The Maze Runner Kills Many Children, But No Formulas
Every couple of days or so, some film critic – jacked up on iced chai lattes and two useless twitter facts – decides to write up an article on “the DEATH” or “the rebirth!” of YA [That’s “young adult” fiction, for you rubes. -Ed]. Last Friday, it was Forbes, who noted the genre’s middling box office returns (The Mortal Instruments came in at high poverty levels of $90 million), and this weekend it was The NY Times, who published “The Death of Adulthood in American Culture,” a liberal arts college thesis masquerading as actual journalism. The truth, as truth tends to be, is way more boring. The Maze Runner, YA’s latest dystopian adventure, is neither the death of YA nor the birth of YA nor the rebirth of YA: just a mediocre book turned into a mediocre movie that somehow managed to make $32.5 million opening weekend alone. From The Maze Runner to The Hunger Games to The Fault In Our Stars, one thing is for sure: Americans like to watch their teenagers die.
While The Hunger Games and Divergent both showcase ‘strong’ female protagonists (ironic quotes obviously intended for Woodley), The Maze Runner features an exclusively male cast in the most platonic gay porn ever imagined by man. Think: muscular teenage boys in muddy brown khakis tending the fields, fighting big spiders, sleeping by the fire. Over the course of five years, they’ve all been completely celibate, despite the fact that they’re all hot + sixteen + hi locked in a prison. They’re loyal teenagers, and good ones, quite the opposite of everyone in Lord of the Flies and all teenagers in real life.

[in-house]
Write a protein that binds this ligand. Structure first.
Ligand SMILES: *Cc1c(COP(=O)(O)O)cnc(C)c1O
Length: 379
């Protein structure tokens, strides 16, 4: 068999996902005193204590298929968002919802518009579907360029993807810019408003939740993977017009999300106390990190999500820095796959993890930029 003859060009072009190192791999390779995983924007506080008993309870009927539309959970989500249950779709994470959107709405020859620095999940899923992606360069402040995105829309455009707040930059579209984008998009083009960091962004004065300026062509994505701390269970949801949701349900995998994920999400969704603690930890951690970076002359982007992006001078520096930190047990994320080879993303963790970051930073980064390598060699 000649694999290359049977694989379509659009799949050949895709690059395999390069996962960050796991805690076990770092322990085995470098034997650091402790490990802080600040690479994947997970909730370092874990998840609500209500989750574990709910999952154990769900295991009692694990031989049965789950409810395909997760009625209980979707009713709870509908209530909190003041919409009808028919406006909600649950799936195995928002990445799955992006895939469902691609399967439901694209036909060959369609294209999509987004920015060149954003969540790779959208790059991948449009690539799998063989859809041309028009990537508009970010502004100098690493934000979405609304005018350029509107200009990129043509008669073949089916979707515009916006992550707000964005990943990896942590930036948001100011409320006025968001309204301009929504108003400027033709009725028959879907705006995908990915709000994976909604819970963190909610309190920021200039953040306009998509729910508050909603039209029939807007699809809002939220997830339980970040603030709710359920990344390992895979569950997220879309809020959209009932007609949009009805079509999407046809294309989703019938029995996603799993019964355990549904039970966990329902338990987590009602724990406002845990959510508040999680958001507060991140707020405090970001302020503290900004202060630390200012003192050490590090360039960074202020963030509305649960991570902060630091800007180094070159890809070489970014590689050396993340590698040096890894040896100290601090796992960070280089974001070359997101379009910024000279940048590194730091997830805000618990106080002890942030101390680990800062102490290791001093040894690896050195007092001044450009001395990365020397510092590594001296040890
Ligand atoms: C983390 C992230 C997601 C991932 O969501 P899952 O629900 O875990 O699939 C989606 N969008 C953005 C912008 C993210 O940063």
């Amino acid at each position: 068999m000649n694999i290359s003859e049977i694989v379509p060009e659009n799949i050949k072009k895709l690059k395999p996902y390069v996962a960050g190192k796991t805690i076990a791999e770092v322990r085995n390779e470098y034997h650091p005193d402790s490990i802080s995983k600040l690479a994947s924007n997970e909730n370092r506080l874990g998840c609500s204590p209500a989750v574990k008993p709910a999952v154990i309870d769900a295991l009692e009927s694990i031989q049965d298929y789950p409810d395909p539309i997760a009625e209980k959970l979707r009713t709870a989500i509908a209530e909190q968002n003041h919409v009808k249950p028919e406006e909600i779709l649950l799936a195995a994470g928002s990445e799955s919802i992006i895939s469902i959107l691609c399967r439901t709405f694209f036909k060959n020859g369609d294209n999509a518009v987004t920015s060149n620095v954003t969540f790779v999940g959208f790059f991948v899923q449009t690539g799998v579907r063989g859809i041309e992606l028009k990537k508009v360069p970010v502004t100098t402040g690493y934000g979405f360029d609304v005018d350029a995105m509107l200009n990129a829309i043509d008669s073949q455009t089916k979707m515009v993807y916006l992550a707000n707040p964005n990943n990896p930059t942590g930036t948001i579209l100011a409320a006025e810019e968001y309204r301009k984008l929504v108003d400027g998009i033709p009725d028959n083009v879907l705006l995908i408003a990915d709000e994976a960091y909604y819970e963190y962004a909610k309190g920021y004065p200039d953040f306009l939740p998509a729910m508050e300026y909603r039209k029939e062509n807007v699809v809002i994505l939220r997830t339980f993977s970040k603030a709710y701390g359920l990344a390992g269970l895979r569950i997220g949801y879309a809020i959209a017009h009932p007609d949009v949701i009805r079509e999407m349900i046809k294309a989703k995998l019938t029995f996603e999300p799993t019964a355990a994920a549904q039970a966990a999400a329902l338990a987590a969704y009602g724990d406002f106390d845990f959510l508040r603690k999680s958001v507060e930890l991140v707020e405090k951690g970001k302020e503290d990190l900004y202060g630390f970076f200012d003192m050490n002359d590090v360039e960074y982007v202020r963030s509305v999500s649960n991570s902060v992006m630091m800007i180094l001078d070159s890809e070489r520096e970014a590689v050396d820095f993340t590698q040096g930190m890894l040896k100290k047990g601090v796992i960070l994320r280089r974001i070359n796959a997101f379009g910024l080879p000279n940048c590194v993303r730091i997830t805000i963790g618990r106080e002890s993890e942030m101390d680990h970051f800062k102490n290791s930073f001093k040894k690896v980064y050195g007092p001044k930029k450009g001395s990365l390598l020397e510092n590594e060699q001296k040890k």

At the heart of The Maze Runner is Thomas (Dylan O’Brien), the story’s lead hero and the all-time king of basic bros. Thomas wakes up to discover that he’s locked in a cage, with no memories of his name and past, imprisoned in a colony of teenage boys all suffering from the same plight. The colony is surrounded by a dangerous maze that only the most adventurous of boys – the “runners” – are allowed to explore. Thomas wants to be a runner/find a way out, but his community resists. It’s actually a pretty intriguing premise that still manages to provoke a kind of kneejerk suspense for the duration of the story. While I wasn’t exactly gripping my seat (Big spiders! Crashes of thunder! Crappy sound design!), I chose to gather all my strength and not take a nap in the bathroom – an act of heroism, and my chosen method of resistance for all standard YA fare.
There are some great examples of YA filmmaking in the past year – Hunger Games, and you know, the other one– but The Maze Runner isn’t one of them. It isn’t just that the story is tired, it’s that the central emotional crisis feels dated, pulled out of a dusty snotty library copy of some 1950’s sci-fi. Without giving too much away, The Maze Runner encourages us to be skeptical about advances in science and technology. Computers are bad, but cooperatively grown tomatoes are great! (Was this book written by lesbians?) It’s a simplistic message, and an anachronistic one, inspired by hackneyed Cold War fears about the postwar industrial age.